### Video Transcript

Is the fluid flow shown in the
following figure turbulent in any part of the flow?

In order to answer this question,
we need to understand how this fluid’s flow can be modeled by these blue arrows and
what is meant by turbulent flow.

Recall that we can model the
overall motion of a fluid by representing the motion of different layers of the
fluid using streamlines, which is what’s shown by the blue arrows here. Different fluid layers can flow at
different speeds and in different directions.

Now, modeling a fluid
quantitatively can be very complicated. But we are able to describe fluid
flow qualitatively by observing its streamlines and characterizing the flow as
steady or turbulent. These terms mean opposite
things. Steady fluid flow is orderly and
smooth. We can see this in a fluid whose
layers generally move in the same direction and at the same speed as each other. When a fluid’s layers keep the same
distance apart from one another, we can tell that there’s not a significant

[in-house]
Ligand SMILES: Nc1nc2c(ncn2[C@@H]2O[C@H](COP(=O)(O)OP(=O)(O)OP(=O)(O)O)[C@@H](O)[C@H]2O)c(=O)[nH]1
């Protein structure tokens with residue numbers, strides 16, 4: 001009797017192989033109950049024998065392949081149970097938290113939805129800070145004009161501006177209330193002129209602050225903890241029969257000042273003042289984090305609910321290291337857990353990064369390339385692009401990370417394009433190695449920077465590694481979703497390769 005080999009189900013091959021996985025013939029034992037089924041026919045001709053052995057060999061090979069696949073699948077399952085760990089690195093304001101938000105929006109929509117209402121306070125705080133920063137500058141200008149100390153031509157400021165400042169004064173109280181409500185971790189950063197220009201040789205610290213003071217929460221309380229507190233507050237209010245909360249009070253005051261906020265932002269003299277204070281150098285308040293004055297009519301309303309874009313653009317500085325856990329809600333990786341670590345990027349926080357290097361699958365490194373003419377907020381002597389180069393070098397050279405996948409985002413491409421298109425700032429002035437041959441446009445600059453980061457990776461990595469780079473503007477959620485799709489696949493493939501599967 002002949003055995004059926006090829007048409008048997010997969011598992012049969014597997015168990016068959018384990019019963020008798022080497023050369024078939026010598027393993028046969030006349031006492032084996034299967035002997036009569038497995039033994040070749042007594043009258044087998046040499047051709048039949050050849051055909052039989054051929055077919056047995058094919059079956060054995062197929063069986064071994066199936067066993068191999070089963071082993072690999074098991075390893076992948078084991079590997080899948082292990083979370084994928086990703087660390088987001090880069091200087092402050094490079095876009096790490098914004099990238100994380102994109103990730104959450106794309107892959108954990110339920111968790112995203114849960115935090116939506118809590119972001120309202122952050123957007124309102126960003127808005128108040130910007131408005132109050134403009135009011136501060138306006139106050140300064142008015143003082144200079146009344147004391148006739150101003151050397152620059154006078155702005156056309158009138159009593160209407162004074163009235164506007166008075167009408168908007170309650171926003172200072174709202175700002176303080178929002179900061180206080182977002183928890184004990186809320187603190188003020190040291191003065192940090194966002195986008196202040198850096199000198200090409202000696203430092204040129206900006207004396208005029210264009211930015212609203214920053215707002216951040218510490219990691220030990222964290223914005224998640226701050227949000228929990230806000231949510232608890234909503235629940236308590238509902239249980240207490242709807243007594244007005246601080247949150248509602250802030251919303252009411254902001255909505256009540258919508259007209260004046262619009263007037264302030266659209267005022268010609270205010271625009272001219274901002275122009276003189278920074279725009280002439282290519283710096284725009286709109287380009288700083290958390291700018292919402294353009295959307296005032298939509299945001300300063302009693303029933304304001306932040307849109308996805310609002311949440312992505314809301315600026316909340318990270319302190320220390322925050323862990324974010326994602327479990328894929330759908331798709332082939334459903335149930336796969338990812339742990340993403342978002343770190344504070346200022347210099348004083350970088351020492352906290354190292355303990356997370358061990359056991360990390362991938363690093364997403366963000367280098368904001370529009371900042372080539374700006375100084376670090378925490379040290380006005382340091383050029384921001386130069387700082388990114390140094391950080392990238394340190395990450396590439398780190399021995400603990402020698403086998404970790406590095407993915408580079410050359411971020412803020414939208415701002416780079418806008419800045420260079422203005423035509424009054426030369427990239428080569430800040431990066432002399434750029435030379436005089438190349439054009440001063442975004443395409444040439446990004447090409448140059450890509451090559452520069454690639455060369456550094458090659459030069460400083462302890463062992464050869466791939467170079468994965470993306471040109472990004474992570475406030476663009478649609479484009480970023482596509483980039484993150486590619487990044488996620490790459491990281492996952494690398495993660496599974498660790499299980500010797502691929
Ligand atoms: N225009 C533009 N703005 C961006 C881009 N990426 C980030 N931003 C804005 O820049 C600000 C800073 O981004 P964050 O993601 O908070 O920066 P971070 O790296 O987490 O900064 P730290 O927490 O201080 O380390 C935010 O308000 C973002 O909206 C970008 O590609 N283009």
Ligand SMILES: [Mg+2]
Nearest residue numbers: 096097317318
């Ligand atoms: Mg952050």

difference in speed between them. Conversely, turbulent fluid flow is
especially chaotic. We see turbulence in a fluid whose
layers change speed and direction rapidly, as shown by streamlines that are more
curved or bunched together.

Now, this question is asking us
whether the fluid shown in the figure is turbulent at any point in its flow. So let’s take a closer look at
it. As a whole, we can see that the
direction of the flow is changing because it’s moving around a bend. But this doesn’t necessarily mean
that the flow is turbulent. Notice that each layer of the fluid
changes its direction by the same amount. So the streamlines always stay the
same distance apart.

Therefore, the layers of the fluid
don’t have different directions relative to each other. This shows us that the fluid’s
layers are moving together in a nice and orderly way. So the flow here is steady, not
turbulent. So the answer to this question is
no. The fluid flow shown in the figure
is not turbulent in any part of the flow.